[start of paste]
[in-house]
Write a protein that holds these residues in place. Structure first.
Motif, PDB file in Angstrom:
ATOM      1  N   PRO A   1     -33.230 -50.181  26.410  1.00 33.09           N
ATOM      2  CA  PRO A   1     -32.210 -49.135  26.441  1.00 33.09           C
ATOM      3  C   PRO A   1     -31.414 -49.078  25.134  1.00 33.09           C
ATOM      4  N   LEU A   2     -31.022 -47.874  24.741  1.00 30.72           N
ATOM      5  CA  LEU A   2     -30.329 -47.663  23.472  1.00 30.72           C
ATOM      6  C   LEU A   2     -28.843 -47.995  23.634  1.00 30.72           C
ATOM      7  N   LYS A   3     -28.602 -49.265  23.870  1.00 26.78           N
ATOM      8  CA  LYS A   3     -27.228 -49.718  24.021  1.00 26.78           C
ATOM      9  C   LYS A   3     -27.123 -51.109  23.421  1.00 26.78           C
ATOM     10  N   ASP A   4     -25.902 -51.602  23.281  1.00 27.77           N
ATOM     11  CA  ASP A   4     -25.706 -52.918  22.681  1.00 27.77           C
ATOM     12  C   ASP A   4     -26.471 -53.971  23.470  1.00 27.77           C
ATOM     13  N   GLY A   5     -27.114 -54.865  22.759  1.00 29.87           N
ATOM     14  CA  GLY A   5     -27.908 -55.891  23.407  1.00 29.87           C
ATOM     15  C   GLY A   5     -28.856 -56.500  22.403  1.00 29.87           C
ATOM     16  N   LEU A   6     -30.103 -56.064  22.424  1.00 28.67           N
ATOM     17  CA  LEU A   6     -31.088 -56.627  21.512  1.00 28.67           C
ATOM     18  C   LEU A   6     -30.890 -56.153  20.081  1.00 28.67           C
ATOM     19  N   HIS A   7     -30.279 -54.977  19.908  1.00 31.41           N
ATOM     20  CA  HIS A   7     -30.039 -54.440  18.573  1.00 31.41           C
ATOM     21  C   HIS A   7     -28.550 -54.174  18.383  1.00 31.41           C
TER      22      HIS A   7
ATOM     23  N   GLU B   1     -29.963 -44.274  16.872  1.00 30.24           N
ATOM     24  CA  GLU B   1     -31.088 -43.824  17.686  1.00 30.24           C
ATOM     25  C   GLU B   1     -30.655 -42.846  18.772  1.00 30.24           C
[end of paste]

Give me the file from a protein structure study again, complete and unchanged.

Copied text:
[in-house]
Write a protein that holds these residues in place. Structure first.
Motif, PDB file in Angstrom:
ATOM      1  N   PRO A   1     -33.230 -50.181  26.410  1.00 33.09           N
ATOM      2  CA  PRO A   1     -32.210 -49.135  26.441  1.00 33.09           C
ATOM      3  C   PRO A   1     -31.414 -49.078  25.134  1.00 33.09           C
ATOM      4  N   LEU A   2     -31.022 -47.874  24.741  1.00 30.72           N
ATOM      5  CA  LEU A   2     -30.329 -47.663  23.472  1.00 30.72           C
ATOM      6  C   LEU A   2     -28.843 -47.995  23.634  1.00 30.72           C
ATOM      7  N   LYS A   3     -28.602 -49.265  23.870  1.00 26.78           N
ATOM      8  CA  LYS A   3     -27.228 -49.718  24.021  1.00 26.78           C
ATOM      9  C   LYS A   3     -27.123 -51.109  23.421  1.00 26.78           C
ATOM     10  N   ASP A   4     -25.902 -51.602  23.281  1.00 27.77           N
ATOM     11  CA  ASP A   4     -25.706 -52.918  22.681  1.00 27.77           C
ATOM     12  C   ASP A   4     -26.471 -53.971  23.470  1.00 27.77           C
ATOM     13  N   GLY A   5     -27.114 -54.865  22.759  1.00 29.87           N
ATOM     14  CA  GLY A   5     -27.908 -55.891  23.407  1.00 29.87           C
ATOM     15  C   GLY A   5     -28.856 -56.500  22.403  1.00 29.87           C
ATOM     16  N   LEU A   6     -30.103 -56.064  22.424  1.00 28.67           N
ATOM     17  CA  LEU A   6     -31.088 -56.627  21.512  1.00 28.67           C
ATOM     18  C   LEU A   6     -30.890 -56.153  20.081  1.00 28.67           C
ATOM     19  N   HIS A   7     -30.279 -54.977  19.908  1.00 31.41           N
ATOM     20  CA  HIS A   7     -30.039 -54.440  18.573  1.00 31.41           C
ATOM     21  C   HIS A   7     -28.550 -54.174  18.383  1.00 31.41           C
TER      22      HIS A   7
ATOM     23  N   GLU B   1     -29.963 -44.274  16.872  1.00 30.24           N
ATOM     24  CA  GLU B   1     -31.088 -43.824  17.686  1.00 30.24           C
ATOM     25  C   GLU B   1     -30.655 -42.846  18.772  1.00 30.24           C